Commercial Software and the Useful Salespersontiistaina, toukokuuta 27, 2008
It’s the Friday before Memorial Day and most of it was spent evaluating a commercial ECM’s (Enterprise Content Management) API. It has been a very long time since I’ve been able to bang away at a commercial API and see how it does. It was really nice, exhilarating may be pushing it, but it was really nice.
It was nice simply because the API and the samples were documented. Most of my friends and colleagues love OSS but we all have the same complaint: the documentation sucks. I end up particularly annoyed whenever I have to use a new OSS major component framework at the scale of Mondrian or Jackrabbit. They are big, powerful, really useful and the documentation can be pretty weak. Even established platforms, like Liferay, have terrible documentation but they are cheap so developers use them.
I sometimes think I use OSS platforms for a different reason: I don’t like talking to sales people. I don’t like talking to really any salesperson. It doesn’t matter if you are an articulate, friendly, genius of a salesperson who is really trying to solve my problem rather than fill a quota, I still don’t want to talk to you. It’s the adversarial nature of the sales process where I must negotiate the price or go through an extensive evaluation process such that I get pinged every few hours about how it is going. I don’t want that kind of contact.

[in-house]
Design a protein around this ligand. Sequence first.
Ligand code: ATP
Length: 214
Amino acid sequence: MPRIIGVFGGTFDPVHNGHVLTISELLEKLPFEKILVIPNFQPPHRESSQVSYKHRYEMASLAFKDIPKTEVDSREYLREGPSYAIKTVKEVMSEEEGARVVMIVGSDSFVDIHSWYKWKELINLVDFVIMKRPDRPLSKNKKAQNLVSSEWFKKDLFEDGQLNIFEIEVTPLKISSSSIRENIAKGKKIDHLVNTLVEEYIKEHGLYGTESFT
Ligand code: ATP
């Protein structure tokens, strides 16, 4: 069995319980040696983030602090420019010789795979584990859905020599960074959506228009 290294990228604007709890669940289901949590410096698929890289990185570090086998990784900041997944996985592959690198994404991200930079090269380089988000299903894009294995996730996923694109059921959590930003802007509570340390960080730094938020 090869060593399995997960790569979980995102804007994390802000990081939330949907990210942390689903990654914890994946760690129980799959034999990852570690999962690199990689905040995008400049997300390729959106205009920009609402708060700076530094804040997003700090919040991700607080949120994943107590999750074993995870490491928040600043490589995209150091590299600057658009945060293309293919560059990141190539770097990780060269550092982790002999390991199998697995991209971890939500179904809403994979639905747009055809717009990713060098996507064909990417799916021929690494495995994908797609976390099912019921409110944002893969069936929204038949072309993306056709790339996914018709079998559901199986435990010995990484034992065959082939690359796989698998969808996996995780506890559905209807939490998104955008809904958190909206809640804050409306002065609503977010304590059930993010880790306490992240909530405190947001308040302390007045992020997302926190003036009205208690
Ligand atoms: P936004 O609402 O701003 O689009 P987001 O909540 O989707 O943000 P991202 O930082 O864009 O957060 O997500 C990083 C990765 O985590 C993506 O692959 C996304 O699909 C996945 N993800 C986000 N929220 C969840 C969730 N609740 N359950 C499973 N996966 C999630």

It turns out that I needed all that contact. There were areas of the documentation and the API that were not as thoroughly described as one would hope. The salesperson, while it felt invasive, actually got me the information and made it easier to evaluate his platform. All that contact kept me from banging my head against the desk or getting frustrated that the documentation was weak in those few areas.
As I said, I was looking at a big ECM package and had spent a lot of time trying different applications both commercial and OSS. The OSS ECM platforms had an advantage that they were initially inexpensive: no licensing cost but I could get support services. The downside with all of them was that the documentation was always weak. This is especially problematic if you plan on using the ECM has a content repository for a website.
First, why would you ever use an ECM for a website? Some people have systems that require an elaborate editorial workflow that has many people editing and reviewing content until it ultimately gets published. A good workflow system makes content available to the appropriate person as soon as the upstream person finishes his task. A writer finishes some content and passes it on to the tech editor who makes some adjustments and then passes it to the copyeditor. The active editor relinquishes control of the document and then the next person gets notified and takes over. Its not very different from a bug tracking system and changing a bug from “open” to “fixed”, which may result in control of a bug moving from the developer to a QA person, who automatically gets a notification. The workflow streamlines the publishing process.